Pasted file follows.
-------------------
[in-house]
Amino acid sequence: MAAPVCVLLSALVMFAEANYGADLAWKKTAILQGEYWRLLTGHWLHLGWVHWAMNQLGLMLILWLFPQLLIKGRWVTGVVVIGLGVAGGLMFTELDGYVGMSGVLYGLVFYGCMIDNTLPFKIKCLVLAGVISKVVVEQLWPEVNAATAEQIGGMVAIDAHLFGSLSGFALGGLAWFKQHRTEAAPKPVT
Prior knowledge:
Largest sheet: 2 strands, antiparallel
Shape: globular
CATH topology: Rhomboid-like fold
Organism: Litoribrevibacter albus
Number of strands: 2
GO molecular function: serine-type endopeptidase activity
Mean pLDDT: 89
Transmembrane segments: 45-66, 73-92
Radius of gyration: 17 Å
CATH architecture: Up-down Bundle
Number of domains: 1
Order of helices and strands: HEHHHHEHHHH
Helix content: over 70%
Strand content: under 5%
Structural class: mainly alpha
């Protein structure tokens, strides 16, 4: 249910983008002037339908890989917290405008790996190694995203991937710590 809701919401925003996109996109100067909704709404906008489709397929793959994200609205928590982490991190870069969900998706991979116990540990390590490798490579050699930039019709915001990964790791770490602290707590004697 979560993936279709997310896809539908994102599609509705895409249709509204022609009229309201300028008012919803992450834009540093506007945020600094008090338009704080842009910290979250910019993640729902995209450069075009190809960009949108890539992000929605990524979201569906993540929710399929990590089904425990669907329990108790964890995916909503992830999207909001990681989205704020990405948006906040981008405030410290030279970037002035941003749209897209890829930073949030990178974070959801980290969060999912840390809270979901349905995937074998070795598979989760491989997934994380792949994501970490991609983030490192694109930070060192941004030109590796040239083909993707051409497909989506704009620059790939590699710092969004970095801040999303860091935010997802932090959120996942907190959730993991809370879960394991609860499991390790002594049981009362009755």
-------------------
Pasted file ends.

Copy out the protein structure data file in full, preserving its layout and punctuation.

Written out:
[in-house]
Amino acid sequence: MAAPVCVLLSALVMFAEANYGADLAWKKTAILQGEYWRLLTGHWLHLGWVHWAMNQLGLMLILWLFPQLLIKGRWVTGVVVIGLGVAGGLMFTELDGYVGMSGVLYGLVFYGCMIDNTLPFKIKCLVLAGVISKVVVEQLWPEVNAATAEQIGGMVAIDAHLFGSLSGFALGGLAWFKQHRTEAAPKPVT
Prior knowledge:
Largest sheet: 2 strands, antiparallel
Shape: globular
CATH topology: Rhomboid-like fold
Organism: Litoribrevibacter albus
Number of strands: 2
GO molecular function: serine-type endopeptidase activity
Mean pLDDT: 89
Transmembrane segments: 45-66, 73-92
Radius of gyration: 17 Å
CATH architecture: Up-down Bundle
Number of domains: 1
Order of helices and strands: HEHHHHEHHHH
Helix content: over 70%
Strand content: under 5%
Structural class: mainly alpha
């Protein structure tokens, strides 16, 4: 249910983008002037339908890989917290405008790996190694995203991937710590 809701919401925003996109996109100067909704709404906008489709397929793959994200609205928590982490991190870069969900998706991979116990540990390590490798490579050699930039019709915001990964790791770490602290707590004697 979560993936279709997310896809539908994102599609509705895409249709509204022609009229309201300028008012919803992450834009540093506007945020600094008090338009704080842009910290979250910019993640729902995209450069075009190809960009949108890539992000929605990524979201569906993540929710399929990590089904425990669907329990108790964890995916909503992830999207909001990681989205704020990405948006906040981008405030410290030279970037002035941003749209897209890829930073949030990178974070959801980290969060999912840390809270979901349905995937074998070795598979989760491989997934994380792949994501970490991609983030490192694109930070060192941004030109590796040239083909993707051409497909989506704009620059790939590699710092969004970095801040999303860091935010997802932090959120996942907190959730993991809370879960394991609860499991390790002594049981009362009755």